Can I punish my spouse for cheating?


Lawyer's secret:  Yes, you can punish your spouse and his or her new lover.


Illinois law provides a spouse with remedy to attack a cheating spouse.  If you think your spouse is cheating, you can bring what is called a “dissipation claim” against the cheater.  The dissipation claim process is very painful for the cheating spouse.  It will provide you with rights to confront your spouse’s new lover at a deposition, and it may allow you to subpoena the new lover’s financial records.  Also, a dissipation claim may prove that your spouse has spent substantial amounts on dating this person, and all that money must be returned to the marriage.


Dissipation claims are a unique feature to Illinois law because establishing a claim is fairly easy, and the legal burden is then placed on the cheating spouse to prove actions and spending behaviors were innocent.  If the cheating spouse cannot prove that their spending behavior was inocent, then the Court presumes that the spending of money was for purposes outside of the marriage (and not for the family).  The cheating spouse must then return the money to the marital estate.


Dissipation claims have always been considered the "strong arm" of the Illinois Divorce Act.  If you are facing a dissipation claim, most attorneys would strongly advise you to collect documents and materials that prove all of your monetary expenditures were for family purposes, and not for purposes of dating someone other than your spouse.  If at all possible, have your new boyfriend or girlfriend spend money on the date so that you can keep your dating (and the costs of dating) out of your divorce. 


Also, Illinois law continues to entertain what is called an “alienation of affections” claim, where you can also attack the new lover.  These types of claims are usually brought as a separate lawsuit at conclusion of the divorce. Alienation of Affections suits are not available in all States, but Illinois continues to allow for them.  A spouse wanting to bring this type of suit should discuss the option with his or her lawyer.  If the new lover works for the same company as your spouse, the claim can likely be brought against the employer too.  These lawsuits are sometimes very valuable, and worth while to talk to an attorney about the process.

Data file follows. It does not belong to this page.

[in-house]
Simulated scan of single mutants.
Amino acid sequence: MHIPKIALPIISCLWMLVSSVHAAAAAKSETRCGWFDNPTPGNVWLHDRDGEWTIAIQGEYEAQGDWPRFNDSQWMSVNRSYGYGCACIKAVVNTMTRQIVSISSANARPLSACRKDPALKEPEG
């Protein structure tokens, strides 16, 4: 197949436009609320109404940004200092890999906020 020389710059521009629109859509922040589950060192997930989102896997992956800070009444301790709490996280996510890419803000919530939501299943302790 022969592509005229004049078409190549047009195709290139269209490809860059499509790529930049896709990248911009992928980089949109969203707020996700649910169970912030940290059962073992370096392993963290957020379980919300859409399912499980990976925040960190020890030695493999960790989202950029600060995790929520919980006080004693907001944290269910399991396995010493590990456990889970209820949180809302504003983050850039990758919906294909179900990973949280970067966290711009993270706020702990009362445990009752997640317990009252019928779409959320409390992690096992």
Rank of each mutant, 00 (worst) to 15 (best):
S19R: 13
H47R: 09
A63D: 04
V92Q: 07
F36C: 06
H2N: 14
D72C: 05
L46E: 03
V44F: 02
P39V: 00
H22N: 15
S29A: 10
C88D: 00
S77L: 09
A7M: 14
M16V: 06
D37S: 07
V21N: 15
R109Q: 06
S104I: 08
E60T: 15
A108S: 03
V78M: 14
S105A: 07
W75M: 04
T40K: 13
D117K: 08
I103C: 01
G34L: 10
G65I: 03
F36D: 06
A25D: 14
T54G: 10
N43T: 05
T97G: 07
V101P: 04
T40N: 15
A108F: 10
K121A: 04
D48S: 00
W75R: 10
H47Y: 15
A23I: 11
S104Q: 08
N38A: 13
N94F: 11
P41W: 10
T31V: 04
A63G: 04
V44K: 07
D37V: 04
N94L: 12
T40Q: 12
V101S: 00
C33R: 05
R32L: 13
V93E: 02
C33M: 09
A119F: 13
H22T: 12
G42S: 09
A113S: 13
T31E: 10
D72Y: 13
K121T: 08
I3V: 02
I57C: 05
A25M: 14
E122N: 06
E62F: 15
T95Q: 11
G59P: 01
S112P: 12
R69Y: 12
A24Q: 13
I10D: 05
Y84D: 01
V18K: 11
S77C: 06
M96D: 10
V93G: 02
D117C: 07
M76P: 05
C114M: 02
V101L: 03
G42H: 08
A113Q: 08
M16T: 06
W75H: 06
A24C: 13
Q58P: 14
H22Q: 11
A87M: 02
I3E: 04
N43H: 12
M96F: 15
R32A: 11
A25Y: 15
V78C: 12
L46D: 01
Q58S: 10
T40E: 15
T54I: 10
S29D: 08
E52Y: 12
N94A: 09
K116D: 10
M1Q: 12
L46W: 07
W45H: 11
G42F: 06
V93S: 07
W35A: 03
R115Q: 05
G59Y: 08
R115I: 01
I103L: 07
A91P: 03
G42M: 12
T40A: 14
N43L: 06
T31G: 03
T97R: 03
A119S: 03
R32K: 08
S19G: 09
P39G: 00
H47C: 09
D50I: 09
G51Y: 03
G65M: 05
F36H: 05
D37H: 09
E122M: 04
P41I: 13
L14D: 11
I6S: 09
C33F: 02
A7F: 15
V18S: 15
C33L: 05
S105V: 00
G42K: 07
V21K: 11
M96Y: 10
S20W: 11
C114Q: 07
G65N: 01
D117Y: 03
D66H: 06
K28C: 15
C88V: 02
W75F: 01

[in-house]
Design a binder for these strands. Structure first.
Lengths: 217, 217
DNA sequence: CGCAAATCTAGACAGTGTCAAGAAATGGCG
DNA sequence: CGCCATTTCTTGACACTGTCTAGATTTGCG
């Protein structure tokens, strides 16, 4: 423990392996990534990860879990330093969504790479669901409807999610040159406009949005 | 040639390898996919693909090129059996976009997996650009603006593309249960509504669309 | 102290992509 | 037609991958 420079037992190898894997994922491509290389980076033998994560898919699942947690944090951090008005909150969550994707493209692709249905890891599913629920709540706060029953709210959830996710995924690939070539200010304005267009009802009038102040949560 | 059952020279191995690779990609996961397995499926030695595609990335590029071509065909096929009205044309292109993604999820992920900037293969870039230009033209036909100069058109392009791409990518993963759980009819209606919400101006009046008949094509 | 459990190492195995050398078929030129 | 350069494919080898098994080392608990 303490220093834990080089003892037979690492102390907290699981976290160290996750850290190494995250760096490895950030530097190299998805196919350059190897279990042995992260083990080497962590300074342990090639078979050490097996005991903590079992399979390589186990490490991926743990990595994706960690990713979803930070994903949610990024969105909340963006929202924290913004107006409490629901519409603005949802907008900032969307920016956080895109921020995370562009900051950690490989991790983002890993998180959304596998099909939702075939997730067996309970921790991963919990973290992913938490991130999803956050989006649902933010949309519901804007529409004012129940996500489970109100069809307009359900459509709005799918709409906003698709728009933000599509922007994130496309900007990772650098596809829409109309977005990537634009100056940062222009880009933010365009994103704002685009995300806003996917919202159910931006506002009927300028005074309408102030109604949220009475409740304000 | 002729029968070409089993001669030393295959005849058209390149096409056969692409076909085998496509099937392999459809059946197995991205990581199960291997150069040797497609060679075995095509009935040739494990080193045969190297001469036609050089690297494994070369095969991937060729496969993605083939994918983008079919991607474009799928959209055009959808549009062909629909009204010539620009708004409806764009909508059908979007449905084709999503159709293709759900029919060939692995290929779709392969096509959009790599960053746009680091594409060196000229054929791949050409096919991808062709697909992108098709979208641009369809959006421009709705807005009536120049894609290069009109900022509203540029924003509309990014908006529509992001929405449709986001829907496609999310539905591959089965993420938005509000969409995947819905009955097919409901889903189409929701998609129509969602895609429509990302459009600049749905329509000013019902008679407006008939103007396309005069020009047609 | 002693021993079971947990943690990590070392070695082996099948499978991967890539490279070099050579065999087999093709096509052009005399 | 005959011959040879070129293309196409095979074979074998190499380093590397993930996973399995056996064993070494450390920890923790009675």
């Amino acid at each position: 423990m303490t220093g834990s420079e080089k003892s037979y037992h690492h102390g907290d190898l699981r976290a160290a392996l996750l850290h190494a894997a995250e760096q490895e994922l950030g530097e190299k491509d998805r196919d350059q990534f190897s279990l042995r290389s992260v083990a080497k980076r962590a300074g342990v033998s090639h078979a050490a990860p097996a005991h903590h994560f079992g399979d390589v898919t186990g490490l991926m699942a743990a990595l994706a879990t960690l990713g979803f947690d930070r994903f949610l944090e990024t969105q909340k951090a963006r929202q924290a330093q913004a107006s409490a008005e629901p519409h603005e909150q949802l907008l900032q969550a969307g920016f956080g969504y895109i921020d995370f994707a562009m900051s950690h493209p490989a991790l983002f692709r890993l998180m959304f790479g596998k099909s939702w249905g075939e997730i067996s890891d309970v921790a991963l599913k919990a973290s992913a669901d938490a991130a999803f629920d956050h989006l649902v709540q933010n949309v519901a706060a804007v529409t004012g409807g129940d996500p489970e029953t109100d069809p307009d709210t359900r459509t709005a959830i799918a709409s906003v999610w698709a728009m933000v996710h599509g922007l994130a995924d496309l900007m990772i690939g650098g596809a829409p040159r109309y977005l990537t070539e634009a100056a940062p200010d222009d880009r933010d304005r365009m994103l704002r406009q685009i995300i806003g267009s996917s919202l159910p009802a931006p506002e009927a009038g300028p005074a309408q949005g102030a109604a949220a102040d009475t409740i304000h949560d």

A spouse considereing either a dissipation claim or alienation of affections case, should obtain all the information he or she can regarding your spouse's spending habits and receipts of money spent on someone else.  If your spouse is involved with another person, odds are that family money went towards hotels, nice restaurants, romantic trips and weekends.  Obtaining documents to support your claim is important.  An attorney can help a spouse dig for hard to find receipts with the assistance of subpoenas (a subpoena is a legal device whereby an attorney can force banks, retailers, and other institutions to provide detailed information on a cheating spouse- hotel records can also be obtained).


The digging for information usually proves to be very painful and embarrassing for the cheating spouse.


If you have any questions related to this topic,

please contact Paul D. Nordini at (630) 306-6300

or email him at: